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Protect your Partner. 5 Estate Planning Tools for Unmarried Couples

By: Marshall Chriswell

Estate planning is important for everyone, but particularly for unmarried couples.

Proper planning can provide effective and efficient disposition of assets consistent with one’s intentions, tax savings and, of course, peace of mind. A good estate plan in Pennsylvania may include a will (and possibly a memorandum distributing tangible personal property),  powers of attorney (financial and medical), one or more trusts, investment planning, etc.

Often, I am consulted by married couples who want to make sure that their spouses, and ultimately their children and grandchildren obtain the assets that the clients have worked so hard to accumulate. Planning for married couples is fairly straightforward. Pennsylvania has statutes which specifically protect a surviving spouse’s beneficiary rights to real property, probate estates, etc.

What about unmarried couples (some prefer the term “domestic partners”)? The short answer is that Pennsylvania provides no protection, as a matter of statutory law, for a surviving partner. Of course, some unmarried couples have been together for years or decades, and even have children together. But without proper estate planning, a surviving partner may be left with nothing. Here are five estate-planning tools for unmarried couples to consider:

1. A Valid Pennsylvania Will

In Pennsylvania, if a person does not have a will the estate assets will legally pass to his/her “heirs.” Heirs include a person’s spouse, children, parents, aunts, uncles, and even cousins. A person’s partner is not an heir. The only way to ensure that the assets of one partner are passed to the other is to have a valid Pennsylvania will drafted by an attorney.

A properly drafted will should also include guardianship provisions for minor children. Without such provisions, a court will have to decide who will obtain custody of the children upon the death of one partner. If the child is the biological or adopted child of both partners, then this is usually not a problem. However, if this is not the case, and if the deceased partner’s intentions are not known, a court may award custody to a grandparent, aunt, uncle, sibling, or other person.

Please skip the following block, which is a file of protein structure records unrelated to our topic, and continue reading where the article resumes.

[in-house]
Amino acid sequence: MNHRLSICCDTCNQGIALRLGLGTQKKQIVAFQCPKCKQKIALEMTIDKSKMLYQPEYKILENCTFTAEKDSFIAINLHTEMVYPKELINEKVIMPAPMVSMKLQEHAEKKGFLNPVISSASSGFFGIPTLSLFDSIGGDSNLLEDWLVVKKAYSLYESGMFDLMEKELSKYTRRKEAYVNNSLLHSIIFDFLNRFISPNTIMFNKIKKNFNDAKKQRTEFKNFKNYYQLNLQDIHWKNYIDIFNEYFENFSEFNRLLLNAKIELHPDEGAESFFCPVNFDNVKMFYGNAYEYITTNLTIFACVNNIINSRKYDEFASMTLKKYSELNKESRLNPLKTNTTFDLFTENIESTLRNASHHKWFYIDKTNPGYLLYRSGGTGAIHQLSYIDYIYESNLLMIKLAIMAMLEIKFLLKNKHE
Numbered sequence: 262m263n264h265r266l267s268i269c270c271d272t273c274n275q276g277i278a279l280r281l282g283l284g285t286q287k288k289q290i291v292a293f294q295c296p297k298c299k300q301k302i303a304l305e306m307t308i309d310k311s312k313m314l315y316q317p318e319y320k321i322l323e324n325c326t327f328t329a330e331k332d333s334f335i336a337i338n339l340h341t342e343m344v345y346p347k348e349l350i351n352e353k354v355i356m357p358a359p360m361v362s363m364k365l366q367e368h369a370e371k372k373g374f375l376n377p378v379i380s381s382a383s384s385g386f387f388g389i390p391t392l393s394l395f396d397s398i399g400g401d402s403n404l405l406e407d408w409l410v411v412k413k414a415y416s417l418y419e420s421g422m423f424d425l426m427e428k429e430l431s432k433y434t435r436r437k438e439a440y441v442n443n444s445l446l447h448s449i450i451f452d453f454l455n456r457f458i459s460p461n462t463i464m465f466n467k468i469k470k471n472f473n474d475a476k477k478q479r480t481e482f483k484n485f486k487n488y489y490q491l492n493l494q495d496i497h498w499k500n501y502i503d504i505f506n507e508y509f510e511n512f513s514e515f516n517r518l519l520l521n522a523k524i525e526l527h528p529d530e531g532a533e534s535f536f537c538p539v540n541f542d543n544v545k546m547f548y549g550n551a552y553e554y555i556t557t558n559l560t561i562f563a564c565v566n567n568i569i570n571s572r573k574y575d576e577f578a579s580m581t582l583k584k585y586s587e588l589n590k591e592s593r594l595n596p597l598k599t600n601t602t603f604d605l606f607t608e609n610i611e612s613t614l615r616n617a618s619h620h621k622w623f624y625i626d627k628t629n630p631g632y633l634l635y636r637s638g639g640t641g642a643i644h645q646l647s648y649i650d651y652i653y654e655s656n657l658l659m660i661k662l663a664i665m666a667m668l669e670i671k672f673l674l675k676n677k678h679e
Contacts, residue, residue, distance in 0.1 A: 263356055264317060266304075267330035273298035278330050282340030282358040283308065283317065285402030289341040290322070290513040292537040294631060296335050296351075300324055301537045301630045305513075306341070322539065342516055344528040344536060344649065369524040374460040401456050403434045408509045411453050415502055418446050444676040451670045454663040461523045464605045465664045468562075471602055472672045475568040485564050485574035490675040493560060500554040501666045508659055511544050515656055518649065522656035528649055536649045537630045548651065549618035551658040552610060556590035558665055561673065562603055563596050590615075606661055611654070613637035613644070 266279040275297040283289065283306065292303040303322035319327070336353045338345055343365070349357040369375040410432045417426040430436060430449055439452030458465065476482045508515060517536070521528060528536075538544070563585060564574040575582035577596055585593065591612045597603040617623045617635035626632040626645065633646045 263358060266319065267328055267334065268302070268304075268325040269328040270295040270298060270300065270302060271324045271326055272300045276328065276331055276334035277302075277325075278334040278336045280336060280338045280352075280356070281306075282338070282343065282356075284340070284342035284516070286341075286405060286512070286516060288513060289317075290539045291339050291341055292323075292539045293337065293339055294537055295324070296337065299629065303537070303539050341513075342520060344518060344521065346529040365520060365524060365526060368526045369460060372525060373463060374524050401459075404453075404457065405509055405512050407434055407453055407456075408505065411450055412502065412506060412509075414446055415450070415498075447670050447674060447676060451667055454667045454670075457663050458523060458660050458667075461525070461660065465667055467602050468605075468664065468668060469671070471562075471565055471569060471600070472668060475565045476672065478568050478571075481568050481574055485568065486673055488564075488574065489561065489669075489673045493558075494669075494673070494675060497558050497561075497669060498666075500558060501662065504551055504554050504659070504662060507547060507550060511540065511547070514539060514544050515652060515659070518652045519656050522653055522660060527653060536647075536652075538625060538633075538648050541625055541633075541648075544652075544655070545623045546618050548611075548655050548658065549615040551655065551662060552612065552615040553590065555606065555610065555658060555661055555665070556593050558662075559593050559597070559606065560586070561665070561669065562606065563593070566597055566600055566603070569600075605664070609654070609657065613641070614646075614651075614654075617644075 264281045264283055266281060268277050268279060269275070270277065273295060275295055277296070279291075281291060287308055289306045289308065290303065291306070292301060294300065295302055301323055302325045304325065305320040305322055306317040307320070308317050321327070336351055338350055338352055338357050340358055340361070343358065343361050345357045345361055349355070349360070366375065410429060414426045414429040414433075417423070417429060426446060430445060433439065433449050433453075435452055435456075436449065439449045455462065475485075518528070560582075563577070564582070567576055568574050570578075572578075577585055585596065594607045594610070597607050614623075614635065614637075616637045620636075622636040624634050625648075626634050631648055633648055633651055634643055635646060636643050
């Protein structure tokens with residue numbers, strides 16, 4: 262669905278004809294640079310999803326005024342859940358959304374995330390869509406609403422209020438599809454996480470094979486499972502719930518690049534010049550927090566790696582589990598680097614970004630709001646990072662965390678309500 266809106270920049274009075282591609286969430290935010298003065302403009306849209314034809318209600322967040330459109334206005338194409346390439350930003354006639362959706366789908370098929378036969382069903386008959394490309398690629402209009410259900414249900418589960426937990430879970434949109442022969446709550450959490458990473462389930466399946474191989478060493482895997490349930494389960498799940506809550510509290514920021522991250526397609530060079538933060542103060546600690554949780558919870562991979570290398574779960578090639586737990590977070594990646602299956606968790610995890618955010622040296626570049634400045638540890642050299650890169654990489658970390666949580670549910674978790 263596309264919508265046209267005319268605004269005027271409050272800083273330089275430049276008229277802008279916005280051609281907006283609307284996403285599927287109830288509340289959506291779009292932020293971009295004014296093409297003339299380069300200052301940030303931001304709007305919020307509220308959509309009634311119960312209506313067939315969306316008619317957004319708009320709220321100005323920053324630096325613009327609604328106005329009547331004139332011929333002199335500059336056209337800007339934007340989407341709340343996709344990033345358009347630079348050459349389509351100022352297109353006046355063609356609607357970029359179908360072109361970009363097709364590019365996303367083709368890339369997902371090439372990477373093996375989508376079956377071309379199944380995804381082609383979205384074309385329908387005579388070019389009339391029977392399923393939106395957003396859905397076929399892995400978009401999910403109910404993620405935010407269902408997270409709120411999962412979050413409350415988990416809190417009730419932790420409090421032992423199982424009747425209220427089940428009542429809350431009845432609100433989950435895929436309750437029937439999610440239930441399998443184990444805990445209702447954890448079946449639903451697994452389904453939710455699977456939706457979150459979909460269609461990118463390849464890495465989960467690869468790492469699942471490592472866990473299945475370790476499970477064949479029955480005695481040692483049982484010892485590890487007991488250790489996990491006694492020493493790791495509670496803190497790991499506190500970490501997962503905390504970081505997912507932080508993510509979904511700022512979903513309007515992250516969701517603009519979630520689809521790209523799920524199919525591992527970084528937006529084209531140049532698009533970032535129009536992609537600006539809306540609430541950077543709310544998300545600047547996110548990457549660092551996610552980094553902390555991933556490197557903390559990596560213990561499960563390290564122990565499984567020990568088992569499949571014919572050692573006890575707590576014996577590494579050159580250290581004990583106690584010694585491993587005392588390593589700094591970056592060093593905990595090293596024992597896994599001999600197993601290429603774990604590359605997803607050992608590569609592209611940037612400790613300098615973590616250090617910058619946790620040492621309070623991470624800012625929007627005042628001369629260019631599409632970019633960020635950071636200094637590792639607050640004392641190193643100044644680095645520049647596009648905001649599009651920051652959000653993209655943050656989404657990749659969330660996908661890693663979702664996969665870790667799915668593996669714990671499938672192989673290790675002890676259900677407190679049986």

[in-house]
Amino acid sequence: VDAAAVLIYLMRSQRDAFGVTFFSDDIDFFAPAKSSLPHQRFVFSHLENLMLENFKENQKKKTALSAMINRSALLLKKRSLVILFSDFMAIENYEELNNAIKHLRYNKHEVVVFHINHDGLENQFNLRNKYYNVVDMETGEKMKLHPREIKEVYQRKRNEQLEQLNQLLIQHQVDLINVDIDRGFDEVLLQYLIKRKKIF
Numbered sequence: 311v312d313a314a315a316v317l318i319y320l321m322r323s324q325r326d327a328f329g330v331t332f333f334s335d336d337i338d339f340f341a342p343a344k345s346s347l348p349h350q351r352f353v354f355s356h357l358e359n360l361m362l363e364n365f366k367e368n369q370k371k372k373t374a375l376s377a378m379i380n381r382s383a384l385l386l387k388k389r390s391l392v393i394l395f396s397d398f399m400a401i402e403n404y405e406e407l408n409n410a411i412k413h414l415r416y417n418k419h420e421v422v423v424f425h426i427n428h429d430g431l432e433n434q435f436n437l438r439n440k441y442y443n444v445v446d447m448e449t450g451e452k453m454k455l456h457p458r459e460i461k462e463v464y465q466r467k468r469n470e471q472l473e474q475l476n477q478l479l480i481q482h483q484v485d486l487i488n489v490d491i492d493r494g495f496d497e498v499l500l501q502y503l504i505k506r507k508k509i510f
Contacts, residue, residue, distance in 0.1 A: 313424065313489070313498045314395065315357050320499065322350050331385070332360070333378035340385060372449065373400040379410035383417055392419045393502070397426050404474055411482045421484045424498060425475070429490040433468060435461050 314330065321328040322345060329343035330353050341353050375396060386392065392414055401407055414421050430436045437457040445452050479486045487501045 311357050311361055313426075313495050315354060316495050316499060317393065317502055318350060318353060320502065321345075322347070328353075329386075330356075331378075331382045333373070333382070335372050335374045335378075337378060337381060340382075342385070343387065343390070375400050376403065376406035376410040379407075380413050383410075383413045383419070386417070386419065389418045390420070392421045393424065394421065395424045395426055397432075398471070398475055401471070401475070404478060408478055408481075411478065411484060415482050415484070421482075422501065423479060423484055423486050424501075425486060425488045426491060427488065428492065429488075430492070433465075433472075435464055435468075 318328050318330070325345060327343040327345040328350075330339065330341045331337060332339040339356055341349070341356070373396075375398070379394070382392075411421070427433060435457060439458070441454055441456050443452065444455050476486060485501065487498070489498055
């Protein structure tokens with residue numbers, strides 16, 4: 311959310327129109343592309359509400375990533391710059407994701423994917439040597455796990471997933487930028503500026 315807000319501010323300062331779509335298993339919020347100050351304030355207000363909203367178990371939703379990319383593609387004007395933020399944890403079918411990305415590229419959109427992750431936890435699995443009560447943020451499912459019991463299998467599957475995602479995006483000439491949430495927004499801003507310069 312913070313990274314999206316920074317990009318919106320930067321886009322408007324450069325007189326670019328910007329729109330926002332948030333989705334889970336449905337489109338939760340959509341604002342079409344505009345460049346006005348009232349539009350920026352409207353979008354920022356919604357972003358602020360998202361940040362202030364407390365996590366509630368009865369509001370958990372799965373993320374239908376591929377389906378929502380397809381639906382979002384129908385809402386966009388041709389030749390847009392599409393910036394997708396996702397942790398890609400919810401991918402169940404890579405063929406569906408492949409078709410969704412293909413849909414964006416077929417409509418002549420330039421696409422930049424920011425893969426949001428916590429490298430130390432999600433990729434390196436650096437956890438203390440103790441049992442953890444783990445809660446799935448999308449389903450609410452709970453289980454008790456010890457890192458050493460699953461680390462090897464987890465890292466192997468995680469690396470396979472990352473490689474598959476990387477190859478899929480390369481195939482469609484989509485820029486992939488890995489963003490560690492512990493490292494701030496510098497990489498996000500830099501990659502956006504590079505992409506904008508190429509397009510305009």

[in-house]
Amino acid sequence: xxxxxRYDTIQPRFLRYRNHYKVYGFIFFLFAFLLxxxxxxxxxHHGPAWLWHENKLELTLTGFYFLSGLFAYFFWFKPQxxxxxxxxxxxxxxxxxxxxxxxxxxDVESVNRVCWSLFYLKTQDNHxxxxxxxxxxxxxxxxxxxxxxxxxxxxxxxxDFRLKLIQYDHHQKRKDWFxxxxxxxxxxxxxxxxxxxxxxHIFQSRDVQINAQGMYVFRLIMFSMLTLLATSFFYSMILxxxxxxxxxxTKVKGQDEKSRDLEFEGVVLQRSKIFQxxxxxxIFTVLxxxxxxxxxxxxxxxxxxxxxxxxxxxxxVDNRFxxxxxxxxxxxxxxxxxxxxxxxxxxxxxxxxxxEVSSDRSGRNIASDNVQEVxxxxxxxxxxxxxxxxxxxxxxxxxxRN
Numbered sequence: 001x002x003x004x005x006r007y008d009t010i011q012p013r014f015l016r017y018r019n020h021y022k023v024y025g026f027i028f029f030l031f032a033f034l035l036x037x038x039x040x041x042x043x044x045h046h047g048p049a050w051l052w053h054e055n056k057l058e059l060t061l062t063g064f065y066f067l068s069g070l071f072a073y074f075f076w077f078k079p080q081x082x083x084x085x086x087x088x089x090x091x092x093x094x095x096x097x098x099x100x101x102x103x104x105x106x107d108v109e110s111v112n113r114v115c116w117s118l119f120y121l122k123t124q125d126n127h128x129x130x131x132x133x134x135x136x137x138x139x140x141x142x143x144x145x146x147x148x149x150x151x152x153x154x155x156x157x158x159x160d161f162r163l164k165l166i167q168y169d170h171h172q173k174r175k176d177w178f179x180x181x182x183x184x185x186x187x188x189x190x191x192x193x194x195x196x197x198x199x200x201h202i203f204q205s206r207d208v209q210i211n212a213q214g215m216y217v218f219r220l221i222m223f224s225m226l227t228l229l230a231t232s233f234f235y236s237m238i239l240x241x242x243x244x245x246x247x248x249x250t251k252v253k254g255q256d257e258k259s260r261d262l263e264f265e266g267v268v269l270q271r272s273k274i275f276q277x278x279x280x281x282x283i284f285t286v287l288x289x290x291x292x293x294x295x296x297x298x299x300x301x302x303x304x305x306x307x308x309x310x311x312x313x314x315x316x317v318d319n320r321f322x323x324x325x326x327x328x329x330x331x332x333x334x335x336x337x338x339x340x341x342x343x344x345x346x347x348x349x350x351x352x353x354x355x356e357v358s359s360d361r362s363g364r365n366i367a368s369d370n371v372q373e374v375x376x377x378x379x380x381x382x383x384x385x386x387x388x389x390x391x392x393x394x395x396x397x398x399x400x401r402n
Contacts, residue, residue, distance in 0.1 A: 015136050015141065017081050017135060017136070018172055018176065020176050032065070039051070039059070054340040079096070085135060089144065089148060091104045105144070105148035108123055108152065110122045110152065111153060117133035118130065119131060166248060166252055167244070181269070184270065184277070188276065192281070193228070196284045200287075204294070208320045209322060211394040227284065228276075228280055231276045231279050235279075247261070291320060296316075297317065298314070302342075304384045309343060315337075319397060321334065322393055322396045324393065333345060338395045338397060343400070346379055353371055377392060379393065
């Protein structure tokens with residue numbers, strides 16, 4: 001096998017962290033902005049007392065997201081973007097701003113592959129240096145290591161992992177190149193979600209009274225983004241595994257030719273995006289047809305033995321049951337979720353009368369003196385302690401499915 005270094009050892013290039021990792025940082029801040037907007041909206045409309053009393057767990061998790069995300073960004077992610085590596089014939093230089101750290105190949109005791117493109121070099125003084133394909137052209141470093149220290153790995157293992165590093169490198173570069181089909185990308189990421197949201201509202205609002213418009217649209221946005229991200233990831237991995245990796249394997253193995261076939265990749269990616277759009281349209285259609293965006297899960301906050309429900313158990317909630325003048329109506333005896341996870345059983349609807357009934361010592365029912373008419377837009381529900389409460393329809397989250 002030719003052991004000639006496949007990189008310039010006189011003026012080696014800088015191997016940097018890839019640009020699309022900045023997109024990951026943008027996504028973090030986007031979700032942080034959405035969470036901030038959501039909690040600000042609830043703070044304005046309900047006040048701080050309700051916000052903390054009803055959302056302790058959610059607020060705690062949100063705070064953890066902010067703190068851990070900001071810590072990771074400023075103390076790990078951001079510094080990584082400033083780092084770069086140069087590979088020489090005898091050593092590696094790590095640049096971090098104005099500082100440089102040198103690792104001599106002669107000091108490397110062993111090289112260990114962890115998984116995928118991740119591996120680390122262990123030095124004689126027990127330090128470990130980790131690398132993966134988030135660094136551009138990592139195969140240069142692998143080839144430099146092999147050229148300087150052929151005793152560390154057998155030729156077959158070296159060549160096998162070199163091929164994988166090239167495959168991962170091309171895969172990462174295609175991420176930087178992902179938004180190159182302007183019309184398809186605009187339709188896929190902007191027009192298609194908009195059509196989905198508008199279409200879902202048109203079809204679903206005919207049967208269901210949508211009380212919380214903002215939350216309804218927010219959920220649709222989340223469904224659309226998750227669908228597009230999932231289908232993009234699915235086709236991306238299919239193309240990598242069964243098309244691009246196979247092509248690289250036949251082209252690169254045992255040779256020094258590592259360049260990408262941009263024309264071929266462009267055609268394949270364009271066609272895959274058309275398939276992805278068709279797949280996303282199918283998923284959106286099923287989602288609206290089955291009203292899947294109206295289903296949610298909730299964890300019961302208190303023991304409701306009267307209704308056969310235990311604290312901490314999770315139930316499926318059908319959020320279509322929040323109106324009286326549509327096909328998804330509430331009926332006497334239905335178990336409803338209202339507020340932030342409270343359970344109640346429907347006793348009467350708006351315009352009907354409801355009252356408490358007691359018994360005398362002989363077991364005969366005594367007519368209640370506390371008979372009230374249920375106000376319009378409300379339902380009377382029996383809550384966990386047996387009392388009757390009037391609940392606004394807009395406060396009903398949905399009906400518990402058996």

2. Powers of Attorney

When a person becomes physically or mentally unable to make decisions for themselves, their finances, or their healthcare, then a person must be appointed to make decisions for them.  If the injured/ill person has a financial power of attorney and a healthcare power of attorney, these documents will spell out who should make those decisions.

If a person does not have power of attorney documents, often a court must appoint a “guardian” who will control the person’s finances and make healthcare decisions on their behalf. If the injured/ill person is married, a spouse is the first logical choice for appointment by the court. However, if the couple is unmarried, the court is more likely to appoint a parent, child, sibling, or other blood relative to be the decision maker. You can see how important these documents can be. 

3. Deeds to Real Property

When married couples purchase property in joint names, Pennsylvania law recognizes it as “entireties” property, meaning that if one spouse passes away, the other spouse automatically inherits the deceased spouse’s entire interest in the property. However, there is no such protection for unmarried couples. Unmarried couples must be sure that their deed is drafted properly, with ownership being as “joint tenants with the right of survivorship” if they want to ensure that the property passes between partners at death.

4. Beneficiary Designations

Unmarried couples should be particularly careful to make sure the beneficiary designations on life insurance policies and investments (IRA, 401k, mutual funds, etc) are accurate and up to date.

5. Trusts

Trust can provide additional protection and flexible planning alternatives to ensure assets are safely passed on to a surviving partner and/or the next generation. If you have significant assets, or you want to ensure that assets are preserved for children and grandchildren, consider asking an attorney about setting up a trust.

Conclusion

Estate planning is a necessity for everyone, but particularly for unmarried couples. Without proper planning, a surviving partner can be left without a home, and may lose other real estate, personal property or cash that both partners worked hard to accumulate.

To discuss planning options, Contact Marshall Chriswell to schedule a consultation